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Create a Network Diagram of Your Work Plan

Planning and organizing is time well spent when managing a project. A network diagram is a flowchart that illustrates the order in which you plan to perform project activities. No matter how complex your project is, its network diagram has the following three elements: milestones, activities, and durations.

  • Milestone: Milestones take no time and consume no resources; they occur instantaneously. Think of them as signposts that signify a point in your trip to project completion. Milestones mark the start or end of one or more activities.

  • Activity: An activity is a component of work performed during the course of a project. Activities take time and consume resources; you describe them using action verbs. Examples of activities are design report and conduct survey.

    Make sure you define activities and milestones clearly. The more clearly you define them, the more accurately you can estimate the time and resources needed to perform them, the more easily you can assign them to someone else, and the more meaningful your reporting of schedule progress becomes.

  • Duration: This represents the total number of work periods it takes to complete an activity. The amount of work effort required to complete the activity, people’s availability, and whether people can work on the activity at the same time all affect the activity’s duration.

    Understanding the basis of a duration estimate helps you figure out ways to reduce it. For example, suppose you estimate that testing a software package requires that it run for 24 hours on a computer. If you can use the computer only 6 hours in any one day, the duration for your software test is four days. Doubling the number of people working on the test won’t reduce the duration to two days, but getting approval to use the computer for 12 hours a day will.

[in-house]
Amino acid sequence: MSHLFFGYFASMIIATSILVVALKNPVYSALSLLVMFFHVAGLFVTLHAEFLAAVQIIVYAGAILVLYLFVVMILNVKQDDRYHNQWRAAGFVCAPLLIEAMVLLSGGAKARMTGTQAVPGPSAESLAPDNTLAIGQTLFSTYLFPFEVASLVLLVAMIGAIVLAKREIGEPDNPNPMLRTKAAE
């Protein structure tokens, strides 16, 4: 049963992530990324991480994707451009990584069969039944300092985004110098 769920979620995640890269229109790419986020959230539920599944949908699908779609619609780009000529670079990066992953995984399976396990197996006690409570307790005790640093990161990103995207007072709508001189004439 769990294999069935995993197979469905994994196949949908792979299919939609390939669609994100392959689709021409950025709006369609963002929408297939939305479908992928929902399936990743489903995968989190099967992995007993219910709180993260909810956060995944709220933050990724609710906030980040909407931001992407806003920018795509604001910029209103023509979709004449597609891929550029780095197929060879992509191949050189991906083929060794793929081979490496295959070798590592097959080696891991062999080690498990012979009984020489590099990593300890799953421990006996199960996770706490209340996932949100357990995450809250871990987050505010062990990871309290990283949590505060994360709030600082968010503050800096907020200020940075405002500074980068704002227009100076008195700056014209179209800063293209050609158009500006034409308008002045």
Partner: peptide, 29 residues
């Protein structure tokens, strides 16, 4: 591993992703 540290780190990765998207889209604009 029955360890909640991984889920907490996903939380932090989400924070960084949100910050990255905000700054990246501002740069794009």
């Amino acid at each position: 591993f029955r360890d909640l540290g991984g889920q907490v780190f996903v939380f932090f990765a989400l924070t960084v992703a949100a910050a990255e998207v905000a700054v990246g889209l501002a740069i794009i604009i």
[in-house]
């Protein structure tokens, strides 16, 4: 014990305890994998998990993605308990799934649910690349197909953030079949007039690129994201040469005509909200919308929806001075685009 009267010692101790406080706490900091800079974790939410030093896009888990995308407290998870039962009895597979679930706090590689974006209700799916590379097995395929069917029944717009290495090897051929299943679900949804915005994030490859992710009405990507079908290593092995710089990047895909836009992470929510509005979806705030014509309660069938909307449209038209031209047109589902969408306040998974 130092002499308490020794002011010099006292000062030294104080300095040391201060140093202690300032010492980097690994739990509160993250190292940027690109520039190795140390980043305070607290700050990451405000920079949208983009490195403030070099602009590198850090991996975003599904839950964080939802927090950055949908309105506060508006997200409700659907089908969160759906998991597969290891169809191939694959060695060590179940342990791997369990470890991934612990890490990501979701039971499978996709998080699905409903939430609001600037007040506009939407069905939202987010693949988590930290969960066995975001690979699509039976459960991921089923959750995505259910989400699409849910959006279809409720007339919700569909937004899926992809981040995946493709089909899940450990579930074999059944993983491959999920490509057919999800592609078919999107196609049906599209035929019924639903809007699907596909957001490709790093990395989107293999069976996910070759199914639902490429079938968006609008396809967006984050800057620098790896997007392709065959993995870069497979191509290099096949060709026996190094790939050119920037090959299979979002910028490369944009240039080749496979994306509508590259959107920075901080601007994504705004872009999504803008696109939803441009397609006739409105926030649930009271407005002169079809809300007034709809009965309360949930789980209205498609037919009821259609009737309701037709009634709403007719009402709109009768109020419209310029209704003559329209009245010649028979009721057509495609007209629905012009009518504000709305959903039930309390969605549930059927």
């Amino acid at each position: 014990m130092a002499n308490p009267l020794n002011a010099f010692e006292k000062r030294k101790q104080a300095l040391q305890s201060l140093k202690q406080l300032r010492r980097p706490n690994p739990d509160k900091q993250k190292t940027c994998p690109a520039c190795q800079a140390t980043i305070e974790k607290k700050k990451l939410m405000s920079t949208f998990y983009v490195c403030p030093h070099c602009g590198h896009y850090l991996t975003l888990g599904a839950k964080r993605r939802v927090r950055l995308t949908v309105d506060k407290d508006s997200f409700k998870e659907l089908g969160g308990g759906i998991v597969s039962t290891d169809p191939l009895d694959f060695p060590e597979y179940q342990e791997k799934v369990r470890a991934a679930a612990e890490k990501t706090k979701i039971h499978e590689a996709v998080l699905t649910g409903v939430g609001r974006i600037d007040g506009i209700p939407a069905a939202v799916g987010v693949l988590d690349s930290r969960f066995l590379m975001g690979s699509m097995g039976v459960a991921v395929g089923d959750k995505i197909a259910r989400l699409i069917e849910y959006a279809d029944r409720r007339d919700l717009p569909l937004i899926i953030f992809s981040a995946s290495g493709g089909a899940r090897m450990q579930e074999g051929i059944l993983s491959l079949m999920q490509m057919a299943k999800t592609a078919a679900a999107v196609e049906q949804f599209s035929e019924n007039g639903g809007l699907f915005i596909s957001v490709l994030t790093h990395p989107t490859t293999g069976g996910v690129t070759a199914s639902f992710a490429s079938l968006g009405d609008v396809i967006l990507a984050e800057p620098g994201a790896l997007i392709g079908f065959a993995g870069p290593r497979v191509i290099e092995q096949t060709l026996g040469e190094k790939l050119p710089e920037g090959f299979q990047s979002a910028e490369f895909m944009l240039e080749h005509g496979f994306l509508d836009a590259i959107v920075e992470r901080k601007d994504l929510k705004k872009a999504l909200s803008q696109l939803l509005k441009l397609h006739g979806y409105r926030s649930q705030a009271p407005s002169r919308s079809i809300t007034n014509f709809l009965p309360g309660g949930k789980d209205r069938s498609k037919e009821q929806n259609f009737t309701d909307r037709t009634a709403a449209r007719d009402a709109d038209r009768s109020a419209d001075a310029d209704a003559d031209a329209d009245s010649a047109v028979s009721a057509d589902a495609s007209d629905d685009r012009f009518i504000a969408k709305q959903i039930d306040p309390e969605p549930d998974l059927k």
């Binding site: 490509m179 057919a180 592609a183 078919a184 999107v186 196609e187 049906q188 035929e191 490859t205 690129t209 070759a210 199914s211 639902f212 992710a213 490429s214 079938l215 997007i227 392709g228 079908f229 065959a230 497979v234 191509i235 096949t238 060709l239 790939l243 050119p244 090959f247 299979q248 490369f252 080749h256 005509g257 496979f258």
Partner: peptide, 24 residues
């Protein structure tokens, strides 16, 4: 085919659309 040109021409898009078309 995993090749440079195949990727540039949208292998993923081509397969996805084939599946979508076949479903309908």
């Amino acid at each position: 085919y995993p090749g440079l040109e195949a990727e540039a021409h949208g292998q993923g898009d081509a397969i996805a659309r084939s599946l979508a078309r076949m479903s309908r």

Determining your project’s end date requires you to choose the dates that each project activity starts and ends and the dates that each milestone is reached. You can determine these dates with the help of a network diagram.

The activity-on-node technique for drawing a network diagram uses the following three symbols to describe the diagram’s three elements:

  • Boxes: Boxes represent activities and milestones. If the duration is 0, it’s a milestone; if it’s greater than 0, it’s an activity. Note that milestone boxes are sometimes highlighted with lines that are bold, double, or otherwise more noticeable.

  • Letter t: The letter t represents duration.

  • Arrows: Arrows represent the direction work flows from one activity or milestone to the next. Upon completion of an activity or reaching of a milestone, you can proceed either to a milestone or directly to another activity as indicated by the arrow(s) leaving that activity or milestone.

In this simple example of an activity-on-node network diagram, when you reach Milestone A (the box on the left), you can perform Activity 1 (the box in the middle), which you estimated will take two weeks to complete. Upon completing Activity 1, you reach Milestone B (the box on the right). The arrows indicate the direction of workflow.

The three symbols in an activity-on-node network diagram, with <i>t</i> representing duration.
The three symbols in an activity-on-node network diagram, with t representing duration.
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